While a young man, Xenophon participated in the expedition led by Cyrus the Younger against his older brother, the emperor Artaxerxes II of Persia, in 401 BC. Xenophon writes that he had asked the veteran Socrates for advice on whether to go with Cyrus, and that Socrates referred him to the divinely inspired Delphic oracle. Xenophon's query to the oracle, however, was not whether or not to accept Cyrus' invitation, but "to which of the gods he must pray and do sacrifice, so that he might best accomplish his intended journey and return in safety, with good fortune." The oracle answered his question and told him to which gods to pray and sacrifice. When Xenophon returned to Athens and told Socrates of the oracle's advice, Socrates chastised him. Socrates did not approve of Xenophon's decision and responded to him by giving his love to Plato and his other students who did not disrespect him. Xenophon was later exiled from Athens, most likely because he fought under the Spartan king Agesilaus II against Athens at Coronea. (However, there may have been contributory causes, such as his support for Socrates, as well as the fact that he had taken service with the Persians.)

Xenophon's writings, especially the Anabasis, are often read by beginning students of the Greek language. His Socratic writings, preserved complete, along with the dialogues of Plato, are the only surviving representatives of the genre of Sokratikoi logoi.


Thursday, March 25, 2010


MARCH 25, 1911



I won't have any personal remembrances of Robert Culp when I'm able to write about him, just a personal appreciation. But writer/director Mark Evanier has a great story about Culp in connection with his support of the Writers' Guild.....



I'm on the road - in a way - so I won't be able to post anything about the death of Robert Culp until Friday. But I'll just say now he was one of my faves and a great symbol for "Cool" on the small screen.

As I do with all my tips of the hat to those in the TV biz who have left us, allow me to quote Red Skelton: Good night, and may God bless.

I'll be back soon.....


This past weekend Toobworld Central O'Bserved the arrival of Spring with mention of the personification of Springtime, as seen in the Britcom 'Mulberry'. At that time, however, I couldn't find the appropriate screen capture for her.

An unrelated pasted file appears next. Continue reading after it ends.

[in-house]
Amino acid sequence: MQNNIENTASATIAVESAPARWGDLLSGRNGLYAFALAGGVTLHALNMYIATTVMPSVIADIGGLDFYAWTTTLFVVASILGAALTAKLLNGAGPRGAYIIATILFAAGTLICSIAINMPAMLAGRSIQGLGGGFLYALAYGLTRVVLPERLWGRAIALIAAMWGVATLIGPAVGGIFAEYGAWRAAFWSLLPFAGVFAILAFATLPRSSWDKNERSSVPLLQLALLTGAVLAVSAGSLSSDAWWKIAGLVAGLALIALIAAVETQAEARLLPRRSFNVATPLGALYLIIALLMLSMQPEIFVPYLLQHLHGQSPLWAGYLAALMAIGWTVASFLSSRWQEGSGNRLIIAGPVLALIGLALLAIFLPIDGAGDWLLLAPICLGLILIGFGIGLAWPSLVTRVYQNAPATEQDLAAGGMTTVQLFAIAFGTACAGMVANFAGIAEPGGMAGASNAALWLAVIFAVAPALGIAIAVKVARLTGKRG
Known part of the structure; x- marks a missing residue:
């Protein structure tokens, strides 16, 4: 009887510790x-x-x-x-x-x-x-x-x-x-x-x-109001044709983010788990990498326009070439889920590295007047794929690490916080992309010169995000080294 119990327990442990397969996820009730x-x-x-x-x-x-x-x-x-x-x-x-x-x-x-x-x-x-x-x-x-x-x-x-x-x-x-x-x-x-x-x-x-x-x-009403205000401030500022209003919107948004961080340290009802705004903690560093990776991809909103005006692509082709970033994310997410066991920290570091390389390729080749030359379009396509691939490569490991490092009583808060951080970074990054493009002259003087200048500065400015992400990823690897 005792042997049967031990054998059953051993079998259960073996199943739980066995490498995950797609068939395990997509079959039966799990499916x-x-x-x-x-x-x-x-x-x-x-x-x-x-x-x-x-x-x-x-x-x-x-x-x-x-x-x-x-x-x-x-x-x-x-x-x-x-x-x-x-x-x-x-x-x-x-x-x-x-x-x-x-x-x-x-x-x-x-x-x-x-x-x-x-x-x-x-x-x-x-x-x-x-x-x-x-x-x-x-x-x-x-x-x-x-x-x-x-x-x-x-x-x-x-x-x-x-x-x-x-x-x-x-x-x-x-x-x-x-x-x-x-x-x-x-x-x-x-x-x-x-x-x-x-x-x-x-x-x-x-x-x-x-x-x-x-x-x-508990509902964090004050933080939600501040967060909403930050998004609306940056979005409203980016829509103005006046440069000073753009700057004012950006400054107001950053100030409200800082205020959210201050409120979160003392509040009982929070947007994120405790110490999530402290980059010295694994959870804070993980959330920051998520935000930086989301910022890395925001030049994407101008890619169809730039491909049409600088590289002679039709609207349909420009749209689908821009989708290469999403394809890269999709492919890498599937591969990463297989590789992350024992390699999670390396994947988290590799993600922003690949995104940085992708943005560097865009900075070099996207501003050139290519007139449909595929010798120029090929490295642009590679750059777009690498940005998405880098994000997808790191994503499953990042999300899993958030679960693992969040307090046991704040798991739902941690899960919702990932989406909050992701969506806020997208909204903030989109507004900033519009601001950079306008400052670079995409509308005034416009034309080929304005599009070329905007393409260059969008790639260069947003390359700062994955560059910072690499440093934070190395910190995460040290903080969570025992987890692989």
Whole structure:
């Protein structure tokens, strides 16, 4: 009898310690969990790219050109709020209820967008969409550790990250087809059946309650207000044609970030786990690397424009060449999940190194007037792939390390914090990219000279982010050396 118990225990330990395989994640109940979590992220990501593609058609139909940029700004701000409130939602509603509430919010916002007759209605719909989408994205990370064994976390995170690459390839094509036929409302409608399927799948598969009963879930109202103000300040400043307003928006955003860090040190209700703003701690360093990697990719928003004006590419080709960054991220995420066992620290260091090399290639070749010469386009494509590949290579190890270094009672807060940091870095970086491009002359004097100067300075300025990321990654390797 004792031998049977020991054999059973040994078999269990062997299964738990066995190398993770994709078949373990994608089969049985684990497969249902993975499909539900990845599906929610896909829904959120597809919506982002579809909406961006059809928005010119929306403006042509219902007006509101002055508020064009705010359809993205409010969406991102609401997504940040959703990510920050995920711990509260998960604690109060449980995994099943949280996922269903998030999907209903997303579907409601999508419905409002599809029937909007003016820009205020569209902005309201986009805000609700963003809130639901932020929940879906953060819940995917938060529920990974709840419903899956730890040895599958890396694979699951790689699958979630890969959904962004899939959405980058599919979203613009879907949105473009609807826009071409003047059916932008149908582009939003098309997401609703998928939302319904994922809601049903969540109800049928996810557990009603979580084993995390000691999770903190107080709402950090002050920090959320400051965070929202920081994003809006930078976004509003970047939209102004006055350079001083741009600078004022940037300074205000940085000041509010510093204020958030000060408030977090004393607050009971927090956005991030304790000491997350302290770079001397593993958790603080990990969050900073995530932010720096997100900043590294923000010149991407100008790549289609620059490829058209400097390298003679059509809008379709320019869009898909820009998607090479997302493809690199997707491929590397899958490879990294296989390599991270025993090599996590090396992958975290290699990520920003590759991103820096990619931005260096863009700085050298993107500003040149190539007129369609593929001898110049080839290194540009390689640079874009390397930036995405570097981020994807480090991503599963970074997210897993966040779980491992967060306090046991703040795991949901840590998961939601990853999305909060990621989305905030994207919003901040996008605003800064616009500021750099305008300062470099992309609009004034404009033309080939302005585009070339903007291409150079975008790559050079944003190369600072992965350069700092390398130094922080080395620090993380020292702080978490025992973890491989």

Thanks to Netflix, I now have a few:
I still have a fondness for that loverly young thing in
the original post....




'The Pacific'

William Sadler

From Wikipedia:
Lieutenant General Lewis Burwell "Chesty" Puller (June 26, 1898 – October 11, 1971) was an officer in the United States Marine Corps. Puller is the most decorated U.S. Marine in history, and the only Marine to receive five Navy Crosses, the United States Navy's and Marines' second highest decoration after the Medal of Honor. During his career, he fought guerrillas in Haiti and Nicaragua, and participated in some of the bloodiest battles of World War II and the Korean War. Puller retired from the Marine Corps in 1955, spending the rest of his life in Virginia. BCnU!

Wednesday, March 24, 2010


Richard Bellamy was a British politician in the early years of the 20th Century, as seen in 'Upstairs, Downstairs'. Although he held the title of 1st Viscount Bellamy of Haversham, it wasn't hereditary, but rather from a combination of his hard work and his wife's family connections. (Lady Marjorie Talbot-Carey Bellamy was the daughter of the Earl and Countess of Southwold.) Richard Bellamy was of simple origins, being the son of a poor parson.

Or so he thought.

Based on his incredible similarity in appearance to Gerald Christian Wimsey, it is the conjecture of Toobworld Central that they are half brothers, each unaware of the other's relationship to themselves. And we're going to maintain that their common father is the 15th Duke of Denver, rather than to cast aspersions on the good - yet unknown - name of the country parson who was father to Richard Bellamy in name only.

Although we never meet the father of Gerald, Peter, and Mary in the televised mysteries, it's not hard to believe - when it comes to the wandering eye - that the tree isn't too far from the apple (as it were) in the Wimsey family. In "Clouds Of Witness", Lord Peter Wimsey finally figured out (long after the audience!) why his older brother the Duke was so reticent in providing an alibi for himself: a young woman was involved. So it's a case of "like father, like son". And Lord Bellamy, even though he never knew his biological father, was cut from the same cloth, as seen in his show. I've been enjoying the practice of dedicating these theories of relateeveety to my friends, so this one is going out to that Master Wold Newtonist, Win Scott Eckert....




'The Bastard'

John Colicos

From Wikipedia:
Frederick North, 2nd Earl of Guilford, KG, PC (13 April 1732 – 5 August 1792), more often known by his courtesy title, Lord North, which he used from 1752 until 1790, was Prime Minister of Great Britain from 1770 to 1782. He led Great Britain through most of the American War of Independence. He also held a number of other cabinet posts, including Home Secretary and Chancellor of the Exchequer.


Tuesday, March 23, 2010


And to bring today's posts all back around to Lord Peter Wimsey, here's a scene from "The Unpleasantness At The Bellona Club" in which Robert Fentiman confronted a man he believed to be a "Mr. Oliver". It took place in 1922 on the train platform at Southhampton. The number "23" one of "The Numbers" from 'Lost', was being used to indicate that the two train tracks were #2 and #3.

Its use in this case is reminiscent of the aisle numbers seen in an episode from 'Lost' from last season: BCnU!